Business is ba-da-booming at Holsten’s, the Bloomfield, NJ confectionery that served as the setting for Tony Soprano’s last meal and the controversial “cut-to-black” climax of the iconic HBO series.
The buzz for “The Many Saints of Newark” movie prequel has diehard fans flocking to the old-school ice-cream parlor/restaurant, scarfing up souvenir “Sopranos” T-shirts and ordering onion rings like Tony did in the June 10, 2007 finale.
“I had to to sit in Tony’s booth, in Tony’s spot and I had to get the onion rings!” gushed uber-fan Joey Ruotolo, a 25-year-old Orange County, Calif., resident who hails from Lodi and was in town visiting family.
Ruotolo, who boasted he’s on his “13th run-through” of the hit HBO series (“I’m on Season Five”), devoured a burger Friday night with fellow fanatic, Dominic Peteroy, 35, of Teaneck. “I’m a fan of the burger, the fries. … everything is incredible. … I’m having the biggest fangirl moment ever,” Ruotolo quipped.
Ruotolo attended Wednesday night’s prequel premiere at The Beacon Theatre and agreed with The Post that the blood-soaked movie is to die for. Ruotolo and Peteroy felt like made men after being seated in the legendary booth, which sports an inoperable jukebox. Behind the jukebox, attached to the booth is a plaque that declares in bold, block letters: “THIS BOOTH RESERVED FOR THE SOPRANO FAMILY.”
“The magic is back! The customers are here, they are back!” rhapsodized Holsten’s manager Karl Schneider, 38.
Staffers and co-owner Chris Carley said the momentum has been building over the past six weeks due to the prequel promos and they expect a mob scene come Oct. 1, when “The Many Saints” opens in theaters and on HBO Max. T-shirts are “selling like hotcakes,” up to two dozen a day, Schneider said.
Server Stephanie Schneider, 39, the wife of manager Karl, said patrons pepper her with questions all day regarding the location of the infamous Soprano seating — middle row, third booth — and want her take on the evocative ending.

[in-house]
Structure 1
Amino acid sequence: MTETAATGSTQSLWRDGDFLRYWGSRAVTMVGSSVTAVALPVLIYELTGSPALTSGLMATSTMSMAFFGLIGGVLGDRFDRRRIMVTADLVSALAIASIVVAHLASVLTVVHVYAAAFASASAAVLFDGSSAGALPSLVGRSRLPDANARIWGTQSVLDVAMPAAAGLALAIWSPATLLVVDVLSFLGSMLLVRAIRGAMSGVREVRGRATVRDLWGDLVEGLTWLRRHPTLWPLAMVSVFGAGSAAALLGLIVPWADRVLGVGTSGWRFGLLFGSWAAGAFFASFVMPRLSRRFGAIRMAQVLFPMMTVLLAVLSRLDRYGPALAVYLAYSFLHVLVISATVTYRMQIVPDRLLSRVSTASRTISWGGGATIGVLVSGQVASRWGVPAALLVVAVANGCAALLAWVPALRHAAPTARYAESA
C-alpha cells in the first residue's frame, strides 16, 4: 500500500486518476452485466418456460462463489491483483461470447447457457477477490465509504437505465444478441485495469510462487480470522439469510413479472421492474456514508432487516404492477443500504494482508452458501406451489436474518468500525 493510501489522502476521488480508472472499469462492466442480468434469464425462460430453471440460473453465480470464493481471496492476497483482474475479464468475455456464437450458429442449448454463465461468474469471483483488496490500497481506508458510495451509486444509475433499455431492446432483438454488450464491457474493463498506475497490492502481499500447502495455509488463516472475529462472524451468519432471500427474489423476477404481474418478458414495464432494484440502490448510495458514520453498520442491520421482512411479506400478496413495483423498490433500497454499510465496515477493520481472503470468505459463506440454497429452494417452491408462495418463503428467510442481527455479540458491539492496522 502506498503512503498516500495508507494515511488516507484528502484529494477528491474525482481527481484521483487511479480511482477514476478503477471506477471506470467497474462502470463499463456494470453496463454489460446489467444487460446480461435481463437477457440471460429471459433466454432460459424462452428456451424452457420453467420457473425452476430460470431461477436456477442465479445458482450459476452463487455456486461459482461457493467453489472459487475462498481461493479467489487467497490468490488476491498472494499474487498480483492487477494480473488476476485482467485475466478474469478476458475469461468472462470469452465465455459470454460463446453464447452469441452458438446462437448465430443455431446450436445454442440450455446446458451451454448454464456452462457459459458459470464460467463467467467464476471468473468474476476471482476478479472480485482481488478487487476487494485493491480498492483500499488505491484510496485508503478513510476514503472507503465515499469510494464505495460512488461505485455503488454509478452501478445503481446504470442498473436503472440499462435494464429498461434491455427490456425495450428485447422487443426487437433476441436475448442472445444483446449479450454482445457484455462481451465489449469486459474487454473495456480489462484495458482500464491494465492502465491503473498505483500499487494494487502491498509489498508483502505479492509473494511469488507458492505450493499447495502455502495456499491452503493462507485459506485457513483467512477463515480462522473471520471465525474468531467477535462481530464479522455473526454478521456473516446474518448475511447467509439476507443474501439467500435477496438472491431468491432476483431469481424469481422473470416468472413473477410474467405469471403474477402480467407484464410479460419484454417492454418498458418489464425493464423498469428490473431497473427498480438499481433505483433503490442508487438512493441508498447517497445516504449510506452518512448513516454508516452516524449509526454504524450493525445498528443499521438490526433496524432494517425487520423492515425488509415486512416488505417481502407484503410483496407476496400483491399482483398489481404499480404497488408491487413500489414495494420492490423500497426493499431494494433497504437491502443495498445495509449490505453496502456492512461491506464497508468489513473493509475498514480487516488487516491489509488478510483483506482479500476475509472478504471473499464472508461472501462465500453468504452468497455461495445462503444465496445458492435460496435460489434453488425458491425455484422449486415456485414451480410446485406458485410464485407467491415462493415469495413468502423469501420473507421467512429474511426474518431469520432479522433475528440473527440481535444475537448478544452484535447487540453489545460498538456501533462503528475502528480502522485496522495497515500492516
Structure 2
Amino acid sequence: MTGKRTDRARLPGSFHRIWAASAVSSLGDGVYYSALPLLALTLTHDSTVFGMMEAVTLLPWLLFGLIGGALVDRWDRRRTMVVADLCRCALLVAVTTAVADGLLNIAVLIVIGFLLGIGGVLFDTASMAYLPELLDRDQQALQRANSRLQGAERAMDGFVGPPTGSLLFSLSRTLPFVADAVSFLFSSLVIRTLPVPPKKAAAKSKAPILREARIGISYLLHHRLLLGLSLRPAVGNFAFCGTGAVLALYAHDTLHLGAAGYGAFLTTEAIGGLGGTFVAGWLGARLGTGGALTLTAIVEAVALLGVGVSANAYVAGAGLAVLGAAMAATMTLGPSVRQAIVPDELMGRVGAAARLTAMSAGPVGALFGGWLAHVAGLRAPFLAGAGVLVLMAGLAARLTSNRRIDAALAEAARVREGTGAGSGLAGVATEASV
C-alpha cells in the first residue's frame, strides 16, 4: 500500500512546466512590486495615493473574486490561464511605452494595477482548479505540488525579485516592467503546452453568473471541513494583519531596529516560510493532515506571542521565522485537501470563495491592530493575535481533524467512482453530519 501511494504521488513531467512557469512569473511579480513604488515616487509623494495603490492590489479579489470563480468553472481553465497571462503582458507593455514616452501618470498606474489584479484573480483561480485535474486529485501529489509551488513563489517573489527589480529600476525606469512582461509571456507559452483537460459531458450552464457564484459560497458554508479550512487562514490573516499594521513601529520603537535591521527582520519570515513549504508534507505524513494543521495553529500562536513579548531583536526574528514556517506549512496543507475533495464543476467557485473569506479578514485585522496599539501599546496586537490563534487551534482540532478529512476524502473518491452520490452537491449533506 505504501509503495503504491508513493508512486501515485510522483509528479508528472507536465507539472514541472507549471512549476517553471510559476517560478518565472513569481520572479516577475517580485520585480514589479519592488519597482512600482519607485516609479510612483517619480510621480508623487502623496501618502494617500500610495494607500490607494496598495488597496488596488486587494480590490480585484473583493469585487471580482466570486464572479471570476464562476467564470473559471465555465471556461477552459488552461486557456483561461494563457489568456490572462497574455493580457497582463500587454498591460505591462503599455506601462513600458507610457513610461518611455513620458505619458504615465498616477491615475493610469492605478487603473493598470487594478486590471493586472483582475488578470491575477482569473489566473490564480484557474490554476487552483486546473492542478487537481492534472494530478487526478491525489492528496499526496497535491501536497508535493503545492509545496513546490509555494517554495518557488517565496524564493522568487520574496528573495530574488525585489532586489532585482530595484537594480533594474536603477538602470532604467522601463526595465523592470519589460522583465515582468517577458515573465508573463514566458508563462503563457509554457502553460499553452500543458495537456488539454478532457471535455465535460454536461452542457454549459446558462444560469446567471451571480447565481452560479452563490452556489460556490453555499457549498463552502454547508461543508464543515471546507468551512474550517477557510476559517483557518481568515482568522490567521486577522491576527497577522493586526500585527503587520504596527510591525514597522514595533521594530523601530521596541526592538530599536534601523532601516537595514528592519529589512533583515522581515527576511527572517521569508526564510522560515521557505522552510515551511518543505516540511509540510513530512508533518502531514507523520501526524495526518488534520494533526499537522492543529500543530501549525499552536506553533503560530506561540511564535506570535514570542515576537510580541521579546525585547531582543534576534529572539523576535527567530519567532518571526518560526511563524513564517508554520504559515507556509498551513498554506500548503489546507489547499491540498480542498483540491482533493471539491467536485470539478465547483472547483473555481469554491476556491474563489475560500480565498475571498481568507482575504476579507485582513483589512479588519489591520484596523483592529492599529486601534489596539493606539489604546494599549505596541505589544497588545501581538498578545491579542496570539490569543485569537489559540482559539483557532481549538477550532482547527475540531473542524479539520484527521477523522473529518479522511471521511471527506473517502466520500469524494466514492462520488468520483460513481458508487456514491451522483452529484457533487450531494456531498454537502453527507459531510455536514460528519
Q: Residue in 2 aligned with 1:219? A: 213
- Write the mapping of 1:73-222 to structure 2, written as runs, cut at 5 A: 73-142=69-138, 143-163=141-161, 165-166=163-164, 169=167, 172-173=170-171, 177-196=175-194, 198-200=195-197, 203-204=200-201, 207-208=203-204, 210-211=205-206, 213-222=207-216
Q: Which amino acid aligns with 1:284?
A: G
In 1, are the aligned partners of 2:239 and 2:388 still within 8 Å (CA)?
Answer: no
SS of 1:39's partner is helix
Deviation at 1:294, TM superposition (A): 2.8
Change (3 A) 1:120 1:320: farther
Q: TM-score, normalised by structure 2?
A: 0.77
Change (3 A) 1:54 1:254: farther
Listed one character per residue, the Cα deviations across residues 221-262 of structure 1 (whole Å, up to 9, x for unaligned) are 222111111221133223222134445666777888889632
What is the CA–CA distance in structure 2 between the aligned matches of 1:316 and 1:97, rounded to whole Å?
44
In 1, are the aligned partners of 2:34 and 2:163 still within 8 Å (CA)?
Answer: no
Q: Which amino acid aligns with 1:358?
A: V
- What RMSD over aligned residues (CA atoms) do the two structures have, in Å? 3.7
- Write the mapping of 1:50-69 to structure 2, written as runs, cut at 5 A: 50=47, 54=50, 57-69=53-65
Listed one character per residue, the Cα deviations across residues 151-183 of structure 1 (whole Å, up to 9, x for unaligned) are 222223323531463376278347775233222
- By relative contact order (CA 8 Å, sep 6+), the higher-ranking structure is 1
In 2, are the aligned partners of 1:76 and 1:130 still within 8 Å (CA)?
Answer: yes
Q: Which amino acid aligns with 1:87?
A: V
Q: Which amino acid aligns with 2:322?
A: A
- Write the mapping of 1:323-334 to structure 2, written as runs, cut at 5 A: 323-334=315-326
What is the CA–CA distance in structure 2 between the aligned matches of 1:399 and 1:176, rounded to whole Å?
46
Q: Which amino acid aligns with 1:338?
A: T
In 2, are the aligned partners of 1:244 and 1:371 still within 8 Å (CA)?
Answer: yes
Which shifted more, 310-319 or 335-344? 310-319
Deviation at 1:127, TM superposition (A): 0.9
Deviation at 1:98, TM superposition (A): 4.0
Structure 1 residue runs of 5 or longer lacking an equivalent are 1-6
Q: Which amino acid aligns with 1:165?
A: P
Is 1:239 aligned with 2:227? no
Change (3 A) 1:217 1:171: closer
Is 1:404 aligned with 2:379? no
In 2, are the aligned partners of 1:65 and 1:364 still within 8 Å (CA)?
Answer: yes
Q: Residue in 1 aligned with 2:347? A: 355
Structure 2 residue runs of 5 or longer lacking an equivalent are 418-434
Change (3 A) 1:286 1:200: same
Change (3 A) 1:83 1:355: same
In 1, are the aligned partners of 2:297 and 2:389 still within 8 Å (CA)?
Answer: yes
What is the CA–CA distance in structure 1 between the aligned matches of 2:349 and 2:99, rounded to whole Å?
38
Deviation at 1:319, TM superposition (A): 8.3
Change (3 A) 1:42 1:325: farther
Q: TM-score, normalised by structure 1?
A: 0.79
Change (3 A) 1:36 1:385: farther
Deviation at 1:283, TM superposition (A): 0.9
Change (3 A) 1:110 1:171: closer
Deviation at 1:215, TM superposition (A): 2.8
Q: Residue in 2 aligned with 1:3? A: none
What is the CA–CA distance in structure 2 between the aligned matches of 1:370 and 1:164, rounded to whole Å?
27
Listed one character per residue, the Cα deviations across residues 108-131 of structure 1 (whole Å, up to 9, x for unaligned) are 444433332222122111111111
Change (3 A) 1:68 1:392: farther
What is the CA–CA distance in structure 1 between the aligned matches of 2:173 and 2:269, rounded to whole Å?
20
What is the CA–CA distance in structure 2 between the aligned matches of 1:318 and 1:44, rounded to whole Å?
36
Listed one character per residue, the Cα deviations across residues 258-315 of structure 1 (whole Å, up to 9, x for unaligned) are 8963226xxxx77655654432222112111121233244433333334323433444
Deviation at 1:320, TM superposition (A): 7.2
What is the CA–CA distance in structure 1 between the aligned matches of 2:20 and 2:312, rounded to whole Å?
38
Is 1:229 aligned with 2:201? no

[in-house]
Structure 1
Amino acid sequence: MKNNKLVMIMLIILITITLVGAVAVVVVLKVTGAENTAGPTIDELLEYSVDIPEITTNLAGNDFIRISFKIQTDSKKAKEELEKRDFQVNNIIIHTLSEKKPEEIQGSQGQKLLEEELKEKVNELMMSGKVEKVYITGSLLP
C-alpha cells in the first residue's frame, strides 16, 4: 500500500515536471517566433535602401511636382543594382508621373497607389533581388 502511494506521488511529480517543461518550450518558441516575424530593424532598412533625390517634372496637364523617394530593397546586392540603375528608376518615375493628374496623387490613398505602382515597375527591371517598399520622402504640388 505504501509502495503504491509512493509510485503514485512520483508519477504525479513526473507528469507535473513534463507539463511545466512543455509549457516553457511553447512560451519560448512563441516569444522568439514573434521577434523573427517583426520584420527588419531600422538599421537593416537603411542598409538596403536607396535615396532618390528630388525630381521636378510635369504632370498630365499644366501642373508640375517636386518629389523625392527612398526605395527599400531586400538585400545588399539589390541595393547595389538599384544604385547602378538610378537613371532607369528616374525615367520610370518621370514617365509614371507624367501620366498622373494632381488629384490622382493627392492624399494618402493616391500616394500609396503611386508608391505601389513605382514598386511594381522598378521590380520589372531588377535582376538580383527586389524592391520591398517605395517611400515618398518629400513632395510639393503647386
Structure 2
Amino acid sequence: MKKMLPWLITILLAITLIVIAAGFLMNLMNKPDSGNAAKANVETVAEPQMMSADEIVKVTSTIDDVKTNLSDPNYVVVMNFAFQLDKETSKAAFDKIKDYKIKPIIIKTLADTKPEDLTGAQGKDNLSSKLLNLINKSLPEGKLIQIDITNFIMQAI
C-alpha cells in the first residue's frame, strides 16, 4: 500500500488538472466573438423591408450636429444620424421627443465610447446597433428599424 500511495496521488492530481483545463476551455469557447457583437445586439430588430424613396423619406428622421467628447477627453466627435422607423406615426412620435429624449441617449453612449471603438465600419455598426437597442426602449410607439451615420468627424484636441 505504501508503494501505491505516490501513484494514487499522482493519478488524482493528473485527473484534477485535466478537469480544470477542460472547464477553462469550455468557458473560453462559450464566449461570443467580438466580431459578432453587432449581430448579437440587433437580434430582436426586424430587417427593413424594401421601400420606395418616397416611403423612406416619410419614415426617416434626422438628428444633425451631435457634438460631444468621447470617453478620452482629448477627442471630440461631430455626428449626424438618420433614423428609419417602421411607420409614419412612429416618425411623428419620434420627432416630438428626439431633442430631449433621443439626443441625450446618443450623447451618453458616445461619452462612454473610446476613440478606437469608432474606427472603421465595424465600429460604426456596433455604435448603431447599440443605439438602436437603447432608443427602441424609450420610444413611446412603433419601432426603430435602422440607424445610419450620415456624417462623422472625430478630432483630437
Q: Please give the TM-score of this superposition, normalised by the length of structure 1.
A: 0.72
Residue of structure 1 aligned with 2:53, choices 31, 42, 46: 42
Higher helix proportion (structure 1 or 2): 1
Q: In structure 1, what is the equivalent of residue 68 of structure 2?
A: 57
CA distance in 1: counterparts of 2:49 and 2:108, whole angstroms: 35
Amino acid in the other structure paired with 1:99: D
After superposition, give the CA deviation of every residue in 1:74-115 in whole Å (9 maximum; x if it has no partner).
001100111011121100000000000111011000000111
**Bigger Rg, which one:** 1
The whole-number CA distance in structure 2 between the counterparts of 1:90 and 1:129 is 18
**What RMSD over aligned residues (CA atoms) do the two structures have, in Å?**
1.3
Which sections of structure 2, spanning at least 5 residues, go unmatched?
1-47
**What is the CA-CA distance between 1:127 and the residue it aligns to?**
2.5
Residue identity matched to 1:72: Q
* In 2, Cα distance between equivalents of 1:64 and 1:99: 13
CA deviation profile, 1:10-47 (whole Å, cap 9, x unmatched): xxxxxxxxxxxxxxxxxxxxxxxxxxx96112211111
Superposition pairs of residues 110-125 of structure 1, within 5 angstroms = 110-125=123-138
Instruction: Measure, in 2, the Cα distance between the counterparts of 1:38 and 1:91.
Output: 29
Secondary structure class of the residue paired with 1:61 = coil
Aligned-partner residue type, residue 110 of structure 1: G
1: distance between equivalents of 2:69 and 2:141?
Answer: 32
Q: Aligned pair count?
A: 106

The response: Omerta.
“I never give my opinion. It went to black to keep us all guessing and that’s the fun of it. Everyone has their own theory” on whether Tony lived or died, she said.
Holsten’s has another closeup in the prequel, but its role — like the first time around — is anybody’s guess. For the final episode, “they said they just wanted to shoot a scene. We just went along. We didn’t ask a lot of questions. And then we heard it was the final scene,” Carley said.
For “Many Saints,” film crews twice descended on Holsten’s, pre-pandemic and post-pandemic, for scenes outside and at the counter with Michael Gandolfini — the late James Gandolfini’s son, who plays young Tony — Carley said.
When Galdolfini died of a heart attack in Italy in June 2013, the proprietor paid a touching tribute to the late actor by placing a “Reserved” sign in the famous booth. The table “turned into a bit of a shrine” for two weeks. “People were leaving notes, pictures and stuff like that,” Carley said. He packed up the tributes, which were ultimately presented to Michael Gandolfini, who is an occasional customer, and “he was very taken back by it.”
As for the late James Gandolfini, who died way too young at 51, Carley called him, “Very, very friendly, willing to take pictures, an all-around nice guy.”
Tony’s table has retained its star power.
“It’s 14 years since the show ended and there’s still a great amount of interest,” Carley said. “People come in and they want to know which booth was it. They call up and they say they want to reserve the Soprano booth on Friday night. ‘It’s my friend, it’s his birthday and he’s a huge Sopranos fan.’ It’s kept a life of its own and the movie has just brought it back into the mainstream.”
The 2007 finale has also made a star of Holsten’s onion rings. Frozen onion rings.
“Of all the things they could have picked. … We are known for our ice cream,” Carley explained. “David Chase wanted a bowl of onion rings. That’s what he got. All of a sudden, instead of selling two cases a week of onion rings, we’re selling 12 cases a week.”
Karl Schneider marveled at the diner’s growing mystique.
“People say, ‘What’s the greatest thing about Holsten’s? Is it the candy, the burgers, the ice cream?’ I say, no, it’s that door. You’re able to travel back in time. … This place is magic.”